My third category is the one which was so very well put by the right reverend Prelate, society itself; and that is why I sought to differentiate the State from society. I would add one extra reason to that given by the right reverend Prelate and that is the tendency of the present time for so many people in society to seek to cast their responsibility on to the State and so to avoid it themselves. The other reason, your Lordships will recall, is the way in which society to-day panders to crime by positively enjoying crime at secondhand as a form of entertainment, in cinemas, on television, in theatres and in reading material, particularly in the popular Press. I consider that society carries very heavy responsibility in this matter.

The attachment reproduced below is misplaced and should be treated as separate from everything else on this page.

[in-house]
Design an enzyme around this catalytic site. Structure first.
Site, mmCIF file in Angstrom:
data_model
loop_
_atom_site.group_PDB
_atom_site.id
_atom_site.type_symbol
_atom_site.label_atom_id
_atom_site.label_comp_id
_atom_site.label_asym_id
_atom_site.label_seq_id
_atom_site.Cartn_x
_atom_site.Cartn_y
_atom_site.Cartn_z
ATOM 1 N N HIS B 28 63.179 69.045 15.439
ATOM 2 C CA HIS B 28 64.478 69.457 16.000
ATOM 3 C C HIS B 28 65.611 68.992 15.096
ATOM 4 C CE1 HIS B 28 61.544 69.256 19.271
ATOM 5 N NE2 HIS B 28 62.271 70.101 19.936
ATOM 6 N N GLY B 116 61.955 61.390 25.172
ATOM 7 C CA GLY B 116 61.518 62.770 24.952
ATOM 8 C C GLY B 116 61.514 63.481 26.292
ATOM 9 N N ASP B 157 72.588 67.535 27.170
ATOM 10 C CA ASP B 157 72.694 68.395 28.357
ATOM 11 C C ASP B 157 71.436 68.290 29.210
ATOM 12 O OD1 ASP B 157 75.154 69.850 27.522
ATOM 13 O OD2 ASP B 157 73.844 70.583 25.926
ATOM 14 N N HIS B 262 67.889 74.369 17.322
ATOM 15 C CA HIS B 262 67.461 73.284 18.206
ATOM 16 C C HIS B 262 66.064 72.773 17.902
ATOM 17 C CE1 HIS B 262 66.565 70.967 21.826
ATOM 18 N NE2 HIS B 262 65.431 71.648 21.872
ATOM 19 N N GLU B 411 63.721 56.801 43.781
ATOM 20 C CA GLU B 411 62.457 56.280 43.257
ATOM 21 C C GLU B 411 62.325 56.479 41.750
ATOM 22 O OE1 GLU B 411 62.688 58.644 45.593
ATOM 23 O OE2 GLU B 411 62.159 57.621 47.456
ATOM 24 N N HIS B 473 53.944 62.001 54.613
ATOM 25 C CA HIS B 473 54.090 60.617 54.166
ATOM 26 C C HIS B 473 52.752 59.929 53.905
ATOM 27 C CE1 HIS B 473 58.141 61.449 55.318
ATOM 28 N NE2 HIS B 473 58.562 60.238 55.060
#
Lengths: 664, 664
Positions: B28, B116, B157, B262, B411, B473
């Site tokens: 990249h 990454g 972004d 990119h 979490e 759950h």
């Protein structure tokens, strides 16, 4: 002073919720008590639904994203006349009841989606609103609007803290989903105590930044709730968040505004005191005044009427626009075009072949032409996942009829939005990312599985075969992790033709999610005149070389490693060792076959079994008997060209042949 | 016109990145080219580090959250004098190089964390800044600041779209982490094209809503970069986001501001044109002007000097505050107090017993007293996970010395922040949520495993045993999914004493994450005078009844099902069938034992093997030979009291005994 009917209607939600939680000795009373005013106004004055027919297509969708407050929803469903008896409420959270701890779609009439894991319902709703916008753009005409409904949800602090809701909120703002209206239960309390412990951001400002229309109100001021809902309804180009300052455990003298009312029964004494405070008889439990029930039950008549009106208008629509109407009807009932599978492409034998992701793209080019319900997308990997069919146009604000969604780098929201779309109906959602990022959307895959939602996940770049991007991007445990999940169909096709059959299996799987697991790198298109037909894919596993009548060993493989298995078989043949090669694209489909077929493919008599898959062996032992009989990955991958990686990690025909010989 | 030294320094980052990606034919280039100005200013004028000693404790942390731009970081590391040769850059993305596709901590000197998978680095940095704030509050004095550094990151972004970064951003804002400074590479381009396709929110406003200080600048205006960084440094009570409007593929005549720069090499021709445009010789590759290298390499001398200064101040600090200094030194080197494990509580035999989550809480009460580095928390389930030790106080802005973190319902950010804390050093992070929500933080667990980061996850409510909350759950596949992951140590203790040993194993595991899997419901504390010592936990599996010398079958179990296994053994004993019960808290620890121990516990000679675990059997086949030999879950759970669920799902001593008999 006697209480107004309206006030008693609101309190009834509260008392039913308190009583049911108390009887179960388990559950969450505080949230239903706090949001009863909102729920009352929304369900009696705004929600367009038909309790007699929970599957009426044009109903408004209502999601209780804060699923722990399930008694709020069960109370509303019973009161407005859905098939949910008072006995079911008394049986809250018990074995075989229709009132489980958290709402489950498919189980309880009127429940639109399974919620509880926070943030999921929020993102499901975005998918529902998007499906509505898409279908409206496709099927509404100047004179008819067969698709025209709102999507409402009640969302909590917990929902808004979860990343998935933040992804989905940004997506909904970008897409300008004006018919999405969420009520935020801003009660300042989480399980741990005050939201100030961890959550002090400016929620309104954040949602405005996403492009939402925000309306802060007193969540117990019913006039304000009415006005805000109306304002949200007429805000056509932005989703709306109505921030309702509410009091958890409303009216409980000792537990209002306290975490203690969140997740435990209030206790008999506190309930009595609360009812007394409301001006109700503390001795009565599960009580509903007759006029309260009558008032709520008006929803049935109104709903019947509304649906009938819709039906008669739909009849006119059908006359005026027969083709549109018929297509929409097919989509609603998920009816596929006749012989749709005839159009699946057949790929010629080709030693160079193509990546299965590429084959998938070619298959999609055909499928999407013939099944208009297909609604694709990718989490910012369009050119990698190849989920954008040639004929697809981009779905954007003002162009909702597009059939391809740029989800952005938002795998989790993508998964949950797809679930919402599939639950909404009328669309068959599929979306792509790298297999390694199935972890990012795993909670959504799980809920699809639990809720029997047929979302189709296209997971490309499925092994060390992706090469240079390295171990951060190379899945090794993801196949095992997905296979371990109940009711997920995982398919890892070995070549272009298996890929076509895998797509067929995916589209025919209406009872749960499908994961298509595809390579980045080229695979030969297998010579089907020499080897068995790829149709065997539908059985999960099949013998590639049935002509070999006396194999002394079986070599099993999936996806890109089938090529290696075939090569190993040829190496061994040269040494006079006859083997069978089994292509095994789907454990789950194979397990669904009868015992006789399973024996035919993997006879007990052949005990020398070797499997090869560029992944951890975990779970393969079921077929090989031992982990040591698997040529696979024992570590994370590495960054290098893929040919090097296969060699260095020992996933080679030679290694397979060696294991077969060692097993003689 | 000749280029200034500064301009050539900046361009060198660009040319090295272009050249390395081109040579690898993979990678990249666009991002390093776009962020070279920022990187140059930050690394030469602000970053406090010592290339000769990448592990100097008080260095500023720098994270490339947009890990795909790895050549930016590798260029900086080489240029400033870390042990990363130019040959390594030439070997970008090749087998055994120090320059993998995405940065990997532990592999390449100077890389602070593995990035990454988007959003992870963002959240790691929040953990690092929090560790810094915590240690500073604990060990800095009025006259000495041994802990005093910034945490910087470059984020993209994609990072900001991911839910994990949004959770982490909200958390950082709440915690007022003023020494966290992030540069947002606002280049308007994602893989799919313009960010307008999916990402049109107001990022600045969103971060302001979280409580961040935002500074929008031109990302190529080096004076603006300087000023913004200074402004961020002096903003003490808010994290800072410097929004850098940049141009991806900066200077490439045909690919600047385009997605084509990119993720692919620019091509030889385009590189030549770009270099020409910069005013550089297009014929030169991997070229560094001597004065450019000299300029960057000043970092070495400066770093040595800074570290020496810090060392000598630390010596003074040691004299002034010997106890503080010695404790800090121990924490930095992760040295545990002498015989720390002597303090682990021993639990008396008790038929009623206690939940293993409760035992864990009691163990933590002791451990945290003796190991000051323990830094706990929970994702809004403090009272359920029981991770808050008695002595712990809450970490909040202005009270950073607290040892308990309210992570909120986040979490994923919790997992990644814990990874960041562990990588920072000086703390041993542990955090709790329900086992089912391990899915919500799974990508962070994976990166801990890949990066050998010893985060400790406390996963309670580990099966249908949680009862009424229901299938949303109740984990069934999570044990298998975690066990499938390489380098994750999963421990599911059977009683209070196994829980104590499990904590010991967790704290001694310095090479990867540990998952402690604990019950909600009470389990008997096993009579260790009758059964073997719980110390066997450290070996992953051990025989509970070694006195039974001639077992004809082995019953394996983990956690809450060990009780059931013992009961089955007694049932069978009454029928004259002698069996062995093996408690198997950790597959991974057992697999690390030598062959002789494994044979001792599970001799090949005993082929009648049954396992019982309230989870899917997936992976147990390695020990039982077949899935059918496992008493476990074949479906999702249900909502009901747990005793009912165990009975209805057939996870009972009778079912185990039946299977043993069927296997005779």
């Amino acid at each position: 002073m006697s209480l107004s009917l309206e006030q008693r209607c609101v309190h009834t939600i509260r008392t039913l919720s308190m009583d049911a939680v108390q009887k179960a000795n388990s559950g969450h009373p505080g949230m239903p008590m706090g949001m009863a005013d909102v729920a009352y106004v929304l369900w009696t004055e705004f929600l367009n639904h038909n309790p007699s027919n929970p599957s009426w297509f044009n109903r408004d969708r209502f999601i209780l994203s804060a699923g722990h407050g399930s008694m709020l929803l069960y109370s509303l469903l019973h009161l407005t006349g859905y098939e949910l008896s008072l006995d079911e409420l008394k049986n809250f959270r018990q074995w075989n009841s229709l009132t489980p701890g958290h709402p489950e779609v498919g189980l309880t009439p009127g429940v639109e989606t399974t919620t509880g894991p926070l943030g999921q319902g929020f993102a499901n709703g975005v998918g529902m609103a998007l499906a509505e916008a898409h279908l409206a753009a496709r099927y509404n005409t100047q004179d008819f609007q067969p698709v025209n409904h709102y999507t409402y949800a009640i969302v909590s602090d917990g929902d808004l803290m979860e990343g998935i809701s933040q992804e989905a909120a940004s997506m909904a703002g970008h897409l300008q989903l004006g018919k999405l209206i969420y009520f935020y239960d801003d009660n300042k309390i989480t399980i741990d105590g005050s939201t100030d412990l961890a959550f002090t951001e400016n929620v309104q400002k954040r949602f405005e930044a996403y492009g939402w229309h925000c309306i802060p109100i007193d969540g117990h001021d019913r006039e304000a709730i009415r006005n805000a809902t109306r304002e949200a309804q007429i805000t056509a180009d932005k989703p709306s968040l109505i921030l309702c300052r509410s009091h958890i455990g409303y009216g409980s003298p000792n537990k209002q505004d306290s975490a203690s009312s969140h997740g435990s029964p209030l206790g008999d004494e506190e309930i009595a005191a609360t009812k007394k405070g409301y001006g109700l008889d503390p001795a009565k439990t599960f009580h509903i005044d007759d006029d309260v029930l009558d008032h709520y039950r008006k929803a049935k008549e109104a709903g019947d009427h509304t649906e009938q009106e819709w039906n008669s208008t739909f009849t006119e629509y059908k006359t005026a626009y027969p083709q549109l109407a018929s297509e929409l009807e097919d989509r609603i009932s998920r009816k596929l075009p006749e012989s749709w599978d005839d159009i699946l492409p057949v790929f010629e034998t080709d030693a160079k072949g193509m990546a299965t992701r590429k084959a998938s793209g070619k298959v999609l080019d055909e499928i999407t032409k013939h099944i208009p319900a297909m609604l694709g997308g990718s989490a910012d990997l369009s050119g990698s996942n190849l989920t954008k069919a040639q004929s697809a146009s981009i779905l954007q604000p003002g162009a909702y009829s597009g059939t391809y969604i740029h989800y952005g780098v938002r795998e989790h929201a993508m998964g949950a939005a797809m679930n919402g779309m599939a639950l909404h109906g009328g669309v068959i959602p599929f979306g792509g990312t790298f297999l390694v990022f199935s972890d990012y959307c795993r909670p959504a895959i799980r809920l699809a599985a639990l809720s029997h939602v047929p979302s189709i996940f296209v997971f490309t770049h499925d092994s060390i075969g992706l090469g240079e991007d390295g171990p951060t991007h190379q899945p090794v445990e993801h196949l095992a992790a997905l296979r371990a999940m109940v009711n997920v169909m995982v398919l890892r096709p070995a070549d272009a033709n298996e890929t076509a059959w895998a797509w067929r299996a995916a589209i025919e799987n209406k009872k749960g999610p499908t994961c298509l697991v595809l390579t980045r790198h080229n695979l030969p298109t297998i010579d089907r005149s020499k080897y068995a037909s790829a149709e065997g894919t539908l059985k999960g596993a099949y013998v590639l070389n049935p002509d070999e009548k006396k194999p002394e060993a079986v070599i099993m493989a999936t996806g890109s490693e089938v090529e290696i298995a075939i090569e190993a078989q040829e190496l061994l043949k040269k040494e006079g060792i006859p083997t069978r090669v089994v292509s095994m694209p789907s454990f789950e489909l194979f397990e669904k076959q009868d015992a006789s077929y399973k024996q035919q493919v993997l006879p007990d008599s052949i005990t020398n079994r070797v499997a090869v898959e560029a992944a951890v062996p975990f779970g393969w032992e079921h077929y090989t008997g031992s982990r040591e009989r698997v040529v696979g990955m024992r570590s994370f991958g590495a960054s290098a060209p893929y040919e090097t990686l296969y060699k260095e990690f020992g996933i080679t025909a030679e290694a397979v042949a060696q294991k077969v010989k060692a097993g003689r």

In the last of my categories of responsibility I would put the criminal. He, of course, first and foremost, the primary person of responsibility, and I put him with a very heavy responsibility indeed because the number of criminals who really, genuinely, do not know that they are doing wrong is infinitely small. Practically every criminal knows full well that he is doing wrong; he does it deliberately and he does it for his own personal gain. Therefore I put his responsibility exceedingly high.

My Lords, if we do consider that compensation should be paid, I am in agreement with those noble Lords who have sought to limit the compensation to the effect of personal injuries. I feel that we cannot extend the scheme into compensation for material loss. Even in the case illustrated by the noble Lord, Lord Denning, a large part of the responsibility for the loss by the old couple of their life-savings lies entirely upon them for keeping £1,000 in their house; and I do not think that one can extend this scheme, with any possibility of effecting justice, to questions of compensation for material loss, which, as the noble Lord himself pointed out with great power, is easily and frequently covered by insurance.